After I’ve browsed through Country Kate Sweeney’s site yet again, I go ahead and navigate to Americana Marshall’s, too. The address I entered before does not work. I try it again, but again, I get only an error message. Over lunch, I tell Marshall about this development over the phone, but he seems less interested. He doesn’t remember what I’m talking about. “What are you talking about?” he asks. “Who is Americana Marshall?” Today, my boyfriend had to stop a fight at work. Marshall actually had to physically separate his red-faced, loudmouthed, South African cubicle-mate from the man’s brother-in-law who wanted to tear the guy limb-from-limb for stealing a large chunk of inheritance money. Things like this happen to Marshall. He is the most even-tempered of our friends, a good listener, and somehow he often ends up playing the role of diplomat between warring parties, the fixer of broken appliances and broken friendships—even in his workplace. Apparently, even there he is indispensable.

Several days pass, and Americana Marshall’s site remains shut down. Maybe he’s decided to stay a well-kept secret. It feels odd that he could just disappear from the world like that though, after putting so much work into his career. Two albums. I bring it up again, as my Marshall cooks Beef Rendang for dinner. He shrugs politely and goes back to chopping the lemongrass. I stare at this man. He has all the freedom in the world to stake his own brand—and yet he is happy. He hasn’t been turning some secret shard of disappointment on himself. He is perfectly satisfied with creating and enjoying amazing meals, with being a good friend and leading a life free of advertising. Thinking about this feels dangerous—and tremendously freeing.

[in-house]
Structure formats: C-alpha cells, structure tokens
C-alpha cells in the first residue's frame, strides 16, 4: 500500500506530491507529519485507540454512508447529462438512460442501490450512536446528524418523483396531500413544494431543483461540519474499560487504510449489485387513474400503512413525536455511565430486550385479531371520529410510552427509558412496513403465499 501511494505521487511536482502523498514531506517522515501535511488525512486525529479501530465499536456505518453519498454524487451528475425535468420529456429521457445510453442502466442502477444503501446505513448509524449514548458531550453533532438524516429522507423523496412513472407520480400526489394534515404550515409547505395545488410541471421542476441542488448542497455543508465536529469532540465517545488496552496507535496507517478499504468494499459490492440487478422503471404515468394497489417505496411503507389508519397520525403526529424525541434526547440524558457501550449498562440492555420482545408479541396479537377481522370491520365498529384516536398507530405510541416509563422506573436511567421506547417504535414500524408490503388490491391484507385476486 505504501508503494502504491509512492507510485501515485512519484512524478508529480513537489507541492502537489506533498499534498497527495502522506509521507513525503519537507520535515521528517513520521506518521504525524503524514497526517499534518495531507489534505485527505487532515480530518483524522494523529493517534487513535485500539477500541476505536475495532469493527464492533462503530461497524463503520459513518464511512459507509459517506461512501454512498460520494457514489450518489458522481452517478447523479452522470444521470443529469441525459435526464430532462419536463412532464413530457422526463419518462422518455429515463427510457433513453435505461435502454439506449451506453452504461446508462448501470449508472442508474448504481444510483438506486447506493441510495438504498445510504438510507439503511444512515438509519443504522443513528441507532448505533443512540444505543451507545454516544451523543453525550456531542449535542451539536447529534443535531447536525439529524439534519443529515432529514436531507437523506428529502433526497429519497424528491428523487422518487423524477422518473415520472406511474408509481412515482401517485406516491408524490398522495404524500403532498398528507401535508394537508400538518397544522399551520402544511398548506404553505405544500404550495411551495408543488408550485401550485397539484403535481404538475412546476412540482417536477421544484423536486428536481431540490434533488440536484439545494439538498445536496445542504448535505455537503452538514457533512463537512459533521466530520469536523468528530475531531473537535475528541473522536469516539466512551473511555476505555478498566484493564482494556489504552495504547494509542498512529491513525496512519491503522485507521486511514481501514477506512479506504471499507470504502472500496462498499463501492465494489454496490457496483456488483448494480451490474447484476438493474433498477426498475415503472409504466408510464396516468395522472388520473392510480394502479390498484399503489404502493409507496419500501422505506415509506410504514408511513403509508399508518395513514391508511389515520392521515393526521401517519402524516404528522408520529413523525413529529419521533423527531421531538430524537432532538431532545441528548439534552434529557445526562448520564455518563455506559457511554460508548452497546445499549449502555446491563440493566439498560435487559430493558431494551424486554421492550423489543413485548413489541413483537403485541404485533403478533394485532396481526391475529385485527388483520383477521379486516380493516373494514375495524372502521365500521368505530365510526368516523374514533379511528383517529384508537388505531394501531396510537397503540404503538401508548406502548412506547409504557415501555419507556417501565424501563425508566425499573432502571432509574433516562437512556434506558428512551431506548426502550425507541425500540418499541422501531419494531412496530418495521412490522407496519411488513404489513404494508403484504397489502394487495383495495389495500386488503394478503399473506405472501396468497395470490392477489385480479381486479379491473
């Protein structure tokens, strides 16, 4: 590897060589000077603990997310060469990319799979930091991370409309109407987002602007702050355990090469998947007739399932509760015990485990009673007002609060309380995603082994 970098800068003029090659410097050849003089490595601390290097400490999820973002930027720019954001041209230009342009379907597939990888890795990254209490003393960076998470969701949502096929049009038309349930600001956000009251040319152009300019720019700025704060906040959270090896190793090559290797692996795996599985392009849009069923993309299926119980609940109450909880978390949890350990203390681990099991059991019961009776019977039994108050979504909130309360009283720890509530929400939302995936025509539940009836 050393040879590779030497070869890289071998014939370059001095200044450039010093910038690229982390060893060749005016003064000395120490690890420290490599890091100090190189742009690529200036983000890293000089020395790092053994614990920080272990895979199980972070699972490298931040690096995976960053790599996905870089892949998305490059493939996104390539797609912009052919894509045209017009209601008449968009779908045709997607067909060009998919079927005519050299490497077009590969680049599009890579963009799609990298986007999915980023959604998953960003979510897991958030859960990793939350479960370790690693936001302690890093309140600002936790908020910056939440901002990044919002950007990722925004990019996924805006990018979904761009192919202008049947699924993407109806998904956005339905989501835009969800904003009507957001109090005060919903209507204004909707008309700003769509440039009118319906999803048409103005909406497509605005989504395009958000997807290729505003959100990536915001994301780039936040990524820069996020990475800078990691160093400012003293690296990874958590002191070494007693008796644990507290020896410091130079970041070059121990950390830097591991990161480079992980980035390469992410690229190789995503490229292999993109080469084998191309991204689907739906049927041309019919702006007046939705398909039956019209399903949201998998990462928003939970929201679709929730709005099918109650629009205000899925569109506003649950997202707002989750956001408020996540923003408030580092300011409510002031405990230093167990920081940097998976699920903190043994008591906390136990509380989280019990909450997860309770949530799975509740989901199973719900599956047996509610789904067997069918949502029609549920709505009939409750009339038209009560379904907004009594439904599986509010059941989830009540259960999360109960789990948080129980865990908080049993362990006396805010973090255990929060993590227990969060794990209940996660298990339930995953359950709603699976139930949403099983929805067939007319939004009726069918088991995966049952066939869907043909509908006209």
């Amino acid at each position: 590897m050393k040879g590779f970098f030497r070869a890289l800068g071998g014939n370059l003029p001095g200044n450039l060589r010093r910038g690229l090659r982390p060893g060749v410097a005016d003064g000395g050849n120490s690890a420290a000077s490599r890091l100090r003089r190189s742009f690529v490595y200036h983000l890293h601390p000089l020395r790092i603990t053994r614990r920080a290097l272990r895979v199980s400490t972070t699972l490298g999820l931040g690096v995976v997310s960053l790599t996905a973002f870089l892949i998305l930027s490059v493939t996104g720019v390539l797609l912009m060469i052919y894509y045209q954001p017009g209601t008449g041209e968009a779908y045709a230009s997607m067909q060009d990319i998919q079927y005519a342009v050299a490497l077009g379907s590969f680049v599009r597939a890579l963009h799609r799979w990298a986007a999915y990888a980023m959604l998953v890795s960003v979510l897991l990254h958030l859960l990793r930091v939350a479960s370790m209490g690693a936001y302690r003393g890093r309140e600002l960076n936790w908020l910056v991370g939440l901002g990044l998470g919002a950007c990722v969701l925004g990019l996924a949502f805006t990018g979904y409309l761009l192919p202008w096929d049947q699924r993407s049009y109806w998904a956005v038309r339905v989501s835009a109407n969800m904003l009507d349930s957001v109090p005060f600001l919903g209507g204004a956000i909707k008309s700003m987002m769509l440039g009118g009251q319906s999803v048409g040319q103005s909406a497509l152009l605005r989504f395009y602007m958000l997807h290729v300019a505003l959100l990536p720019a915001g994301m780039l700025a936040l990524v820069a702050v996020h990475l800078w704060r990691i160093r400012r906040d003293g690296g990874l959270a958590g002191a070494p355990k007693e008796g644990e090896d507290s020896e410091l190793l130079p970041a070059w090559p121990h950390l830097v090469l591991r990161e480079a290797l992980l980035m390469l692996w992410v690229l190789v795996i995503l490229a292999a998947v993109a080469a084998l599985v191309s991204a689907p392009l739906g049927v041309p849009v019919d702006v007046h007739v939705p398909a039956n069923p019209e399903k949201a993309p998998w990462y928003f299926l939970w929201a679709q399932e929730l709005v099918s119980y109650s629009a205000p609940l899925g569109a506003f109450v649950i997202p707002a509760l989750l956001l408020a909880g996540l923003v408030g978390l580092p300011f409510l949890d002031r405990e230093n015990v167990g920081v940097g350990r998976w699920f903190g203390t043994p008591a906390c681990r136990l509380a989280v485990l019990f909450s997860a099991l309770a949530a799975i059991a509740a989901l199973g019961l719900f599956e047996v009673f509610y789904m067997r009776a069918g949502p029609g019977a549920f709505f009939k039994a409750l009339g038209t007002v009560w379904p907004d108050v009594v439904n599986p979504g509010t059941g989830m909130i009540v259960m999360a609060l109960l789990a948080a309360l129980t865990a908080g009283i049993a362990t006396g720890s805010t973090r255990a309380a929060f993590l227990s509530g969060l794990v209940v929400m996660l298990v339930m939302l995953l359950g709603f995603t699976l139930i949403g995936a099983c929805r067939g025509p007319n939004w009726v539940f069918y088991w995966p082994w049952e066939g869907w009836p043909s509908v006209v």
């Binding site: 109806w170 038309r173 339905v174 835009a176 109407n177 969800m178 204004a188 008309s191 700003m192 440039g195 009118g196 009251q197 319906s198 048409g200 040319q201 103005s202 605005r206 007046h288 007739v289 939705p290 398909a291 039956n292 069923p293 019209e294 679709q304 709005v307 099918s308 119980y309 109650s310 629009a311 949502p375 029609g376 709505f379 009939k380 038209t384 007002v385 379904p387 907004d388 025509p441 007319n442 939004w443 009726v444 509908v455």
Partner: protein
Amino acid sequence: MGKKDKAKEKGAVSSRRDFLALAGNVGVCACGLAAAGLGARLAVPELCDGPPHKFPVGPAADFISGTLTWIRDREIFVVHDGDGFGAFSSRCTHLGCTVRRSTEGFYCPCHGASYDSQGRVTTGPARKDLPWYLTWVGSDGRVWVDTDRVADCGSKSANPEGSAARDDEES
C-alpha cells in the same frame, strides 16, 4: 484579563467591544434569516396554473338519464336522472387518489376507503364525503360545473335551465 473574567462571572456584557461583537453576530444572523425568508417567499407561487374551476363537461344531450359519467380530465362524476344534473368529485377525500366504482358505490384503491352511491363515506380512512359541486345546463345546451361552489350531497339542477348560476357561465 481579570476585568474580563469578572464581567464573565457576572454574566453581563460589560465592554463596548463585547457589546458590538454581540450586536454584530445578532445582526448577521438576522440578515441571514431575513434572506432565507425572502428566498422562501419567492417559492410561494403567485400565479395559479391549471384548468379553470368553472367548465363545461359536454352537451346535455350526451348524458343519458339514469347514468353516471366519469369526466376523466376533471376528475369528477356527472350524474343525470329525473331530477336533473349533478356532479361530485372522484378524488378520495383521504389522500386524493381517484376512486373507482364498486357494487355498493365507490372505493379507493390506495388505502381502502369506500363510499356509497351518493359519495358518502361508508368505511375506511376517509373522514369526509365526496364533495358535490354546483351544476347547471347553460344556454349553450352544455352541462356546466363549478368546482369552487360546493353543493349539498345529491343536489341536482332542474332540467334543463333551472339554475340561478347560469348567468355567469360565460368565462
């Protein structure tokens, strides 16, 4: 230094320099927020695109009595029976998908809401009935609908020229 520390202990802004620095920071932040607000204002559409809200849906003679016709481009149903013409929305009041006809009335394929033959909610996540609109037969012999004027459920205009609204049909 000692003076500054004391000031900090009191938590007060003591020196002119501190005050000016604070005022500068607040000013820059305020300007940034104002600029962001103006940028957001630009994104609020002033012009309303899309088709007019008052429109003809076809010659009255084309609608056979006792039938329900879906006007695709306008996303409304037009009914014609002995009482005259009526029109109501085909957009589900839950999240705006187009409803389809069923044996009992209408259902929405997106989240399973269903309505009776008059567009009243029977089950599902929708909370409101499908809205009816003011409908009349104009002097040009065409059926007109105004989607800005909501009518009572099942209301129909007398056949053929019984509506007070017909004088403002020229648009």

Out on the porch, we eat the Rendang, and bursts of turmeric and lime juice and chilies explode in my mouth. Marshall and I talk about our friends’ problems, about the goodness of Sriracha sauce, about whether we’ll ever save enough money to retire. The talk is abstract and without consequence, the night air mild and carrying the crisp scent of fall. It is lovely. I chase a bite of coconut-curried beef with a sip of beer, and I am struck.

I know what Americana Marshall needs to do to save his career.